A window on European internet & mobile startups and venture capital

Tuesday, December 05, 2006


Recipient-paid text messages and mobile innovation

European mobile telecom carriers do not charge the recipient of a text message (SMS), but only the sender. They also charge an interconnection fee for internet-originated messages.

In the US, the message charge is usually split in half between sender (10 cents) and recipient (10 cents) and a fair number of active texters opt for a flat rate of about $5/month to get unlimited text messages. Since somebody is paying to receive a message, carriers do not charge any interconnection fee for internet-originated messages and have all incentives to keep the doors open to incoming messages. All American mobile carriers provide reliable SMTP gateways free of charge. In other words you can text say any Verizon phone sending a simple e-mail message to The recipient will pay for that message.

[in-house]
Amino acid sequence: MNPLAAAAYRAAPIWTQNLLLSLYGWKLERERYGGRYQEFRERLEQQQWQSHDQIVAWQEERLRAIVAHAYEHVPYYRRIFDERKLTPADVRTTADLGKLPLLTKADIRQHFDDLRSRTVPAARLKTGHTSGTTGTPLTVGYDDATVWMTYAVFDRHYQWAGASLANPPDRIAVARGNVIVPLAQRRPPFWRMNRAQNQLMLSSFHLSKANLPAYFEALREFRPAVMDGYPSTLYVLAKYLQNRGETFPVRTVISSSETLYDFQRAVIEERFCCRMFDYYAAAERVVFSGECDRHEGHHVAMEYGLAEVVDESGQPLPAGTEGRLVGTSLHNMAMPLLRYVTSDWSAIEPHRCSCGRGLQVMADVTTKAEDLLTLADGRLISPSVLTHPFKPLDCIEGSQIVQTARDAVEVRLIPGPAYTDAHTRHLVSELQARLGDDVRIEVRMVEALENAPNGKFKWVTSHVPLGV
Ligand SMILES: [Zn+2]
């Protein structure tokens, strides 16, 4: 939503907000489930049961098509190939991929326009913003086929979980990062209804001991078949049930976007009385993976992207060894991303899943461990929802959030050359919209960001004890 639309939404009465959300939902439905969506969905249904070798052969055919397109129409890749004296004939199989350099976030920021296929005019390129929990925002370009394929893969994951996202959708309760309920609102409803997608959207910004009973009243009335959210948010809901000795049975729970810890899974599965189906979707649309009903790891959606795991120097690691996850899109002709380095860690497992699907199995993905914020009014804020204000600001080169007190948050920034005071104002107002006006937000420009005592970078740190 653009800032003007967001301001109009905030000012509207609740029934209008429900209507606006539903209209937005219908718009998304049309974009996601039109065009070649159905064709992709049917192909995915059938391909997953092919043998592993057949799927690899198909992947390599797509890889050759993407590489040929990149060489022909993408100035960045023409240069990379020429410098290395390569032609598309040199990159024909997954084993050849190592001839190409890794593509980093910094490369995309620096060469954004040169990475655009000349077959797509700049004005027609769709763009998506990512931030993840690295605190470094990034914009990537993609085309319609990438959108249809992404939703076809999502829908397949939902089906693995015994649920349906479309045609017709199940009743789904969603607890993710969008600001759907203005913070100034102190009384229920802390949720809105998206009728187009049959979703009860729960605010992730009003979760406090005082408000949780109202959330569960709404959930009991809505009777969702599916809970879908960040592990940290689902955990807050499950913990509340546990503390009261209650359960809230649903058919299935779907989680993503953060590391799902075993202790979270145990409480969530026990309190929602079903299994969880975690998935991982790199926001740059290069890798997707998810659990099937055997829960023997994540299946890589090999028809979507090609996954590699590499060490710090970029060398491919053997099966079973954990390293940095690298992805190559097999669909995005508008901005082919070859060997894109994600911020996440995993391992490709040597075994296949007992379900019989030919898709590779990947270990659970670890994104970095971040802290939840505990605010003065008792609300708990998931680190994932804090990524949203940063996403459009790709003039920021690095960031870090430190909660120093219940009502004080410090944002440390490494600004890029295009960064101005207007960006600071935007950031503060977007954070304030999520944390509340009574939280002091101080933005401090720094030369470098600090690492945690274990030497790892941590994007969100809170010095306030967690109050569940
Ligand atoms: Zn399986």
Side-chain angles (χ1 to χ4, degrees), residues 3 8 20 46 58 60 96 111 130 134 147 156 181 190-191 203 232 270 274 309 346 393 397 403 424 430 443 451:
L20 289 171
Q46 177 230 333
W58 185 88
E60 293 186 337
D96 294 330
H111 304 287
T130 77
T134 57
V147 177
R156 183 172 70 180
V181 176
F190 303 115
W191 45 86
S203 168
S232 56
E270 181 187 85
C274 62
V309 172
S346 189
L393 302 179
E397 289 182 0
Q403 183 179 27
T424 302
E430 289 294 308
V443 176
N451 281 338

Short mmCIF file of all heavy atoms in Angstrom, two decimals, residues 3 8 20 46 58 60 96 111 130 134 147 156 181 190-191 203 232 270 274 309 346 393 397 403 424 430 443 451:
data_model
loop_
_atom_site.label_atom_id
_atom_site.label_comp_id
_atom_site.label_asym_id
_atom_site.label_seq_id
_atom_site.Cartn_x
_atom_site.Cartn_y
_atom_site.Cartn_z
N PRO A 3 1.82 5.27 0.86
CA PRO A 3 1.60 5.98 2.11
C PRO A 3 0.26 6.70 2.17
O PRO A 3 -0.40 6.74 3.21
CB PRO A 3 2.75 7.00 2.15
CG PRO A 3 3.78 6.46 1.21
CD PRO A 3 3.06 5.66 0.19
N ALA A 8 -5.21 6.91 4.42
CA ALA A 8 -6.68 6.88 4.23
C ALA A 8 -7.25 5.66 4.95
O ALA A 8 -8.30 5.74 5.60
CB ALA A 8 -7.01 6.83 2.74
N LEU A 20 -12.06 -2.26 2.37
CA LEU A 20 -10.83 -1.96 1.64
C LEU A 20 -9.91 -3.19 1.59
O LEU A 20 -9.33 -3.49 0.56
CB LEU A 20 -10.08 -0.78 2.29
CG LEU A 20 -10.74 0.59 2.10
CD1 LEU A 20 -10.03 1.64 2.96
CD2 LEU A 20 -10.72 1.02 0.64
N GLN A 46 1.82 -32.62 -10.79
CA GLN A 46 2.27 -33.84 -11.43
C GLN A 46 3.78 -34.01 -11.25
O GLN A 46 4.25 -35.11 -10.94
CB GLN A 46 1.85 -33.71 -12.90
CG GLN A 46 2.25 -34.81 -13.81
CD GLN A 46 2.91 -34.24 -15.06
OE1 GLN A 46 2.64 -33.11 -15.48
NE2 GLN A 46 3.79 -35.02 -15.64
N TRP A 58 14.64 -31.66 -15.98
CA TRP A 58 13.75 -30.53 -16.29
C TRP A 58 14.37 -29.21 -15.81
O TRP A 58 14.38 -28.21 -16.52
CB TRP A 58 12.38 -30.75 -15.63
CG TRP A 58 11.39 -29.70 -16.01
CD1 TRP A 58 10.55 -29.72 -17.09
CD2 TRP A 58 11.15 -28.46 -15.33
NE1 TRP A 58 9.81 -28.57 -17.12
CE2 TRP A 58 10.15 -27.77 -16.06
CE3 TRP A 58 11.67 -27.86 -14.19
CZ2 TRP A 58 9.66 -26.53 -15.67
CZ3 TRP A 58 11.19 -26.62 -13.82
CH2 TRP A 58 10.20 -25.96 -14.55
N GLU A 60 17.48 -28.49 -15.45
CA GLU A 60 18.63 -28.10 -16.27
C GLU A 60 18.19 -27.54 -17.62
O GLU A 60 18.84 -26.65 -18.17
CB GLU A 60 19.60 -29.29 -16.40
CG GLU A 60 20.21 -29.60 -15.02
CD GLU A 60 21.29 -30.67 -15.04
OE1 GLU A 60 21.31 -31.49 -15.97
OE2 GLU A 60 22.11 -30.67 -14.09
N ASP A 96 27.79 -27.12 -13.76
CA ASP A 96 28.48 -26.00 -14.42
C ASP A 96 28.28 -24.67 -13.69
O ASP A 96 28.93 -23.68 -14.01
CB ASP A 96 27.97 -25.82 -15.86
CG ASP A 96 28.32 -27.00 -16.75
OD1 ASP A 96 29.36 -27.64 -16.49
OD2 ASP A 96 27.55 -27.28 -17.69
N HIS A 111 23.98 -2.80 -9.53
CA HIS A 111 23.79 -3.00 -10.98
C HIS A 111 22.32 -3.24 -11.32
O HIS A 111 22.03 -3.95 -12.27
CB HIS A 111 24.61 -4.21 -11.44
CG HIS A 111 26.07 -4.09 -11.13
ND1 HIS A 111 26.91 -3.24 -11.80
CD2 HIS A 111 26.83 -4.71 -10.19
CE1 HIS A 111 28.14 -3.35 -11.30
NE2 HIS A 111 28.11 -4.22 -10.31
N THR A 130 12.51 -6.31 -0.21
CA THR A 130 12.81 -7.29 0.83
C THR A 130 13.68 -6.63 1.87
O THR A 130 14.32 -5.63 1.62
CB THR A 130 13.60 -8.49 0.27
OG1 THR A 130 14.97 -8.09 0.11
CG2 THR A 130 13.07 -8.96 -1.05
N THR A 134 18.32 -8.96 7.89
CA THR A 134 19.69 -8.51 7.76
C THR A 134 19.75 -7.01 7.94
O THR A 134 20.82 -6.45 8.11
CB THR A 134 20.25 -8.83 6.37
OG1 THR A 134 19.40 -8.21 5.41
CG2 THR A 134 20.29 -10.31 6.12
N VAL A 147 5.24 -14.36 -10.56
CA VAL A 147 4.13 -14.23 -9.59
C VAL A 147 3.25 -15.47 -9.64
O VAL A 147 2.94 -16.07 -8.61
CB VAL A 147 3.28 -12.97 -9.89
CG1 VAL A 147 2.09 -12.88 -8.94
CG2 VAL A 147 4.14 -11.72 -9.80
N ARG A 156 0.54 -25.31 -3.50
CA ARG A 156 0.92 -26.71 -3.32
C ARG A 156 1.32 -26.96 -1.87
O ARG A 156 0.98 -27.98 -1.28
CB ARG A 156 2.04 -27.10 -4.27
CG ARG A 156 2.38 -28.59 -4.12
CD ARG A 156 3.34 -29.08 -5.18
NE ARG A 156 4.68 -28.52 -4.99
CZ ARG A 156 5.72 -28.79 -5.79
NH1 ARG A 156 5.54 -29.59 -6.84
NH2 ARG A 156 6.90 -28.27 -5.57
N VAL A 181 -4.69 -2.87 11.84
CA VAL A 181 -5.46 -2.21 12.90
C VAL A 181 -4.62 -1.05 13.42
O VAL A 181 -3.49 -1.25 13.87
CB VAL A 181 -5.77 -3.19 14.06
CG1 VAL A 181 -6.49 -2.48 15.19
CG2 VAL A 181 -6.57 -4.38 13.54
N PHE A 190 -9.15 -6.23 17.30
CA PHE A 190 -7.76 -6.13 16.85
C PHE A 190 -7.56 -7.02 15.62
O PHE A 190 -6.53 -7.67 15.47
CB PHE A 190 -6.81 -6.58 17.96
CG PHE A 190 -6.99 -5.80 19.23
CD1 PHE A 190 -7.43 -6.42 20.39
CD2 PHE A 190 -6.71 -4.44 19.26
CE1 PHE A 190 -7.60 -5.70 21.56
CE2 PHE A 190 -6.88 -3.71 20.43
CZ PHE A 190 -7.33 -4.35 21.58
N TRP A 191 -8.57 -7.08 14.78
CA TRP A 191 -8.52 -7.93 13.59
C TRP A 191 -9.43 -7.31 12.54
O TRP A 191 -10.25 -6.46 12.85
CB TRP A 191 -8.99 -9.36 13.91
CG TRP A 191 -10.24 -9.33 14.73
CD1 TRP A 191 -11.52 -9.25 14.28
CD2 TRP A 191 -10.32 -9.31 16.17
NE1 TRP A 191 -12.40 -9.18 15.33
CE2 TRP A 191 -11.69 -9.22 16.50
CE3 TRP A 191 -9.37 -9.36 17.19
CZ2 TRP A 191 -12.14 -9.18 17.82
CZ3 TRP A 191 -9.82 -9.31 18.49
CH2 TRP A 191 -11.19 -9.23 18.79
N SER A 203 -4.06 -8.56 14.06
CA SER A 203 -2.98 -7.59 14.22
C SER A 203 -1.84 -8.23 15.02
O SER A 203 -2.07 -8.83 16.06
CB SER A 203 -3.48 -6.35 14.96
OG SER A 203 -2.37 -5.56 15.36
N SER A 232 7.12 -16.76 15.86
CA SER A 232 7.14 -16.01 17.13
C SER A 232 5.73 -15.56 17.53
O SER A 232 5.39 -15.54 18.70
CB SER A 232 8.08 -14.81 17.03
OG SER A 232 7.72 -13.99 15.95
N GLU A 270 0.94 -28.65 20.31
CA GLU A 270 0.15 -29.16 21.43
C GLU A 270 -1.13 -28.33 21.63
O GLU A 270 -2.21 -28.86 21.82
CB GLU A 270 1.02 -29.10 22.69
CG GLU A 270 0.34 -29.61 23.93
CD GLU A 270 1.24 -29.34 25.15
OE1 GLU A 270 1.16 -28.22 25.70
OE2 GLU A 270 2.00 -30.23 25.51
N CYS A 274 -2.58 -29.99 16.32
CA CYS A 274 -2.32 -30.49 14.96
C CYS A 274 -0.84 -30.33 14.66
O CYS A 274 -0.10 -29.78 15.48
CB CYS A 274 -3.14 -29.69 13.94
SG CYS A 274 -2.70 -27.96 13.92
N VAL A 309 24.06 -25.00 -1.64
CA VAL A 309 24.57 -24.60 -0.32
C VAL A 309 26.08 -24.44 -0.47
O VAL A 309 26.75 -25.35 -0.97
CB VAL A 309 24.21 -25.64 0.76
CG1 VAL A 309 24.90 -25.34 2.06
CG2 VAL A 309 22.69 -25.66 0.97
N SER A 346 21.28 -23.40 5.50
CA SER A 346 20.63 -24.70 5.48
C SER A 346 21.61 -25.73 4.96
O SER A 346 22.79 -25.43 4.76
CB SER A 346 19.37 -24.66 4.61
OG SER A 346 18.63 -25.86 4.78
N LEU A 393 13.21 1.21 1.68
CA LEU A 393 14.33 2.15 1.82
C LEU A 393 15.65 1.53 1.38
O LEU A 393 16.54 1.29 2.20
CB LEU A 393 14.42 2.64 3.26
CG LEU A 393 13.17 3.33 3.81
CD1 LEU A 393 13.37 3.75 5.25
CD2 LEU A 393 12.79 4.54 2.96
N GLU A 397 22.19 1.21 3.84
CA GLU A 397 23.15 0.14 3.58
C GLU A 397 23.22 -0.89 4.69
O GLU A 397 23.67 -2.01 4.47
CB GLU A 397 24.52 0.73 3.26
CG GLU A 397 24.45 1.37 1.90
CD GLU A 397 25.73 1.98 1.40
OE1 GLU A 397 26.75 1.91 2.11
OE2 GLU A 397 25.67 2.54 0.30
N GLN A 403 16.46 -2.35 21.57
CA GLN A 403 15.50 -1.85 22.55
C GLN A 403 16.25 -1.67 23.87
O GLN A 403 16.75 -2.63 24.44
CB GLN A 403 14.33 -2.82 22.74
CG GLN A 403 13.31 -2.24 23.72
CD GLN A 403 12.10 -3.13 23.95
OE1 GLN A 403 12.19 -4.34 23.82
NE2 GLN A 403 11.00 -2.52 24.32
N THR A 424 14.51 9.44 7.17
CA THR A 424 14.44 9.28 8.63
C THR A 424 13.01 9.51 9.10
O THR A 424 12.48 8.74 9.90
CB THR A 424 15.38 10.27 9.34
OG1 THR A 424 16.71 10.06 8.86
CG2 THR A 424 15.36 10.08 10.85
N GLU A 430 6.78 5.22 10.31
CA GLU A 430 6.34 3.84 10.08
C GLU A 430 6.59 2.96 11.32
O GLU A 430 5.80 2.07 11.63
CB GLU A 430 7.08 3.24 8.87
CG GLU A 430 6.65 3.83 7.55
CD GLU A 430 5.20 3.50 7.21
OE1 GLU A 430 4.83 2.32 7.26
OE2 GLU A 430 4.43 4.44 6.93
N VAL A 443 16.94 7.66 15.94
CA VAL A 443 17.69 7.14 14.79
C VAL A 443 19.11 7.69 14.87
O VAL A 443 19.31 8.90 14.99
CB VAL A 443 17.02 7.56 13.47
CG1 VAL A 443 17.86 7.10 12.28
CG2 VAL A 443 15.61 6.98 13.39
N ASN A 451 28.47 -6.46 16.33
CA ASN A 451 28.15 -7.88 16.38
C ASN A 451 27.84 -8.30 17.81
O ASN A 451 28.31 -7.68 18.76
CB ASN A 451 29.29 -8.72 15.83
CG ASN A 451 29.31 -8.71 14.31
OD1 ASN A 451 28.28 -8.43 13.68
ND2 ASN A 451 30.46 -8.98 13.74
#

Even though this pricing policy has raised some discussions, I believe that the possibility to send text messages for free has spurred a number of startups to explore a variety of mobility services at a very low cost. I'm thinking about DodgeBall (acquired in 2005 by Google) and more recently Zemble, Pinger and other mobile application providers that could enter the mobile market simply developing an email application without incurring any interconnection costs.

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